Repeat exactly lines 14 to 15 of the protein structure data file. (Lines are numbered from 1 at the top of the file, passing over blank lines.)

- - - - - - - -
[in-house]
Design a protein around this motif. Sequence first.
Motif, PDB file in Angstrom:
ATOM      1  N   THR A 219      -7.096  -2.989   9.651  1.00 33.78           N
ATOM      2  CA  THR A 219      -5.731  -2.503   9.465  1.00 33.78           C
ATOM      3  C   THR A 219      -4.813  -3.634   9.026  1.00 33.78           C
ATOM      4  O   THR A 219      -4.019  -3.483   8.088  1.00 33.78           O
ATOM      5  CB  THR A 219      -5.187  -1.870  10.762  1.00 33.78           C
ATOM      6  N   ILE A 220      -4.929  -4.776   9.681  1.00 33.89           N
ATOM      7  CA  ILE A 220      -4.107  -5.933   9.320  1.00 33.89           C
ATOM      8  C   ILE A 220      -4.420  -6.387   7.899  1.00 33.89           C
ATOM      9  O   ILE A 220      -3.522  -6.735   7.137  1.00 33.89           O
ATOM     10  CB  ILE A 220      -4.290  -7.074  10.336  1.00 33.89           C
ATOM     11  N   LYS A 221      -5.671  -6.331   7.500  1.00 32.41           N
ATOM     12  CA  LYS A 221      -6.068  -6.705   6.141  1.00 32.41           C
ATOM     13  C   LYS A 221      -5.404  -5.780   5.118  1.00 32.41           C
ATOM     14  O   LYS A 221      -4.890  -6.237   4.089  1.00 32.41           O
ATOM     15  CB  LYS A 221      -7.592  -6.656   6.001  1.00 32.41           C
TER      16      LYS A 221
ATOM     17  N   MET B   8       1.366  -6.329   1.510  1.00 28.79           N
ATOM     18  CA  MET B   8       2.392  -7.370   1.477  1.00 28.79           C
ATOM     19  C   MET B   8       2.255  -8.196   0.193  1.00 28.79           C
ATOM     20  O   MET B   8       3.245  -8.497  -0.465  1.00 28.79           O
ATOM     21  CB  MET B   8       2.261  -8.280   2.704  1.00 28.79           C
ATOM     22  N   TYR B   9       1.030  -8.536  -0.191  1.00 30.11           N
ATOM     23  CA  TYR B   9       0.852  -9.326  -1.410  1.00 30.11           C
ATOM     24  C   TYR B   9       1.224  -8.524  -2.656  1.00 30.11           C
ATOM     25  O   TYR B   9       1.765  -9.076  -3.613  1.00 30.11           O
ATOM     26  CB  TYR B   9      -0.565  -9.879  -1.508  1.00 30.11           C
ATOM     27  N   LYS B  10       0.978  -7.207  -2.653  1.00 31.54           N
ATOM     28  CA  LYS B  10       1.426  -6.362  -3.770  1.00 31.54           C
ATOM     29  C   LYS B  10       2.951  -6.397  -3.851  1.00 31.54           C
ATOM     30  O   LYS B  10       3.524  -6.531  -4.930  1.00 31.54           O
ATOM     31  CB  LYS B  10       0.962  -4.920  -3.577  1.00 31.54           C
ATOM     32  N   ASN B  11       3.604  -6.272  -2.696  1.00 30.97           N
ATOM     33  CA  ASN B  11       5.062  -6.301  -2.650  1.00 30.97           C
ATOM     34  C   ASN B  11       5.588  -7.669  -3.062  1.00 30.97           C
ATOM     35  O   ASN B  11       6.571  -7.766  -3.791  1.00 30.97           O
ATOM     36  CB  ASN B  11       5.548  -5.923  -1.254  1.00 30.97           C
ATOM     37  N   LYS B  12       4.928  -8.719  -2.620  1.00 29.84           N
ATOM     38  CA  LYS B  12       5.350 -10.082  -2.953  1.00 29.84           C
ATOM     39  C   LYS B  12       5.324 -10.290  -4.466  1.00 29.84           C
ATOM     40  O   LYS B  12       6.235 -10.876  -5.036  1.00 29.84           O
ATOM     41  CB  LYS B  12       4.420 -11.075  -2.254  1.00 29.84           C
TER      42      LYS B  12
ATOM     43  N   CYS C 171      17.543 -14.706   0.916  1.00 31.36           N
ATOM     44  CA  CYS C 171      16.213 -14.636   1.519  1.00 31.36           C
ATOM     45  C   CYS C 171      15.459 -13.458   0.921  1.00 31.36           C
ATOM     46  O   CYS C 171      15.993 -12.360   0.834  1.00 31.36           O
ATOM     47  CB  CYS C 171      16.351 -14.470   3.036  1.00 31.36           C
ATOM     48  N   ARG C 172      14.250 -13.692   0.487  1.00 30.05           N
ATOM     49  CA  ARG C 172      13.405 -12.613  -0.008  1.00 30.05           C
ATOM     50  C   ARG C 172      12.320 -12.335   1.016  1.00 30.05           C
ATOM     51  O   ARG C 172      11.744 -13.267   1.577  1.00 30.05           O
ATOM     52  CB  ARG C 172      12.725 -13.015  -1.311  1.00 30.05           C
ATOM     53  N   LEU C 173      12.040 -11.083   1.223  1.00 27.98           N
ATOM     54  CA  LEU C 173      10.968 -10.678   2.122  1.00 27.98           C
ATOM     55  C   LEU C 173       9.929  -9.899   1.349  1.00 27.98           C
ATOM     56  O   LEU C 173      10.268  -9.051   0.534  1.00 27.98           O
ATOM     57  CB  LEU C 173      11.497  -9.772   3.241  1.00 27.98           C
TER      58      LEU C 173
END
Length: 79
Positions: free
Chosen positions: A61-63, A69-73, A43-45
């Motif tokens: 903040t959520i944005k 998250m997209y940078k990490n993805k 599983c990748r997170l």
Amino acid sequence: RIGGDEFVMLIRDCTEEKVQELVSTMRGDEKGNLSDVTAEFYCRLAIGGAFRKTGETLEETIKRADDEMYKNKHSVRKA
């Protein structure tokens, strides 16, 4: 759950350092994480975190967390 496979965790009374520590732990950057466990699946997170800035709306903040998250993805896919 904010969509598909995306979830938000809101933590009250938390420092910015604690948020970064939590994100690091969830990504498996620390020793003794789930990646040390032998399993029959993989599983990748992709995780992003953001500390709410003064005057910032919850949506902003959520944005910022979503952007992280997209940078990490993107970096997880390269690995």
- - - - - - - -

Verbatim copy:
ATOM     11  N   LYS A 221      -5.671  -6.331   7.500  1.00 32.41           N
ATOM     12  CA  LYS A 221      -6.068  -6.705   6.141  1.00 32.41           C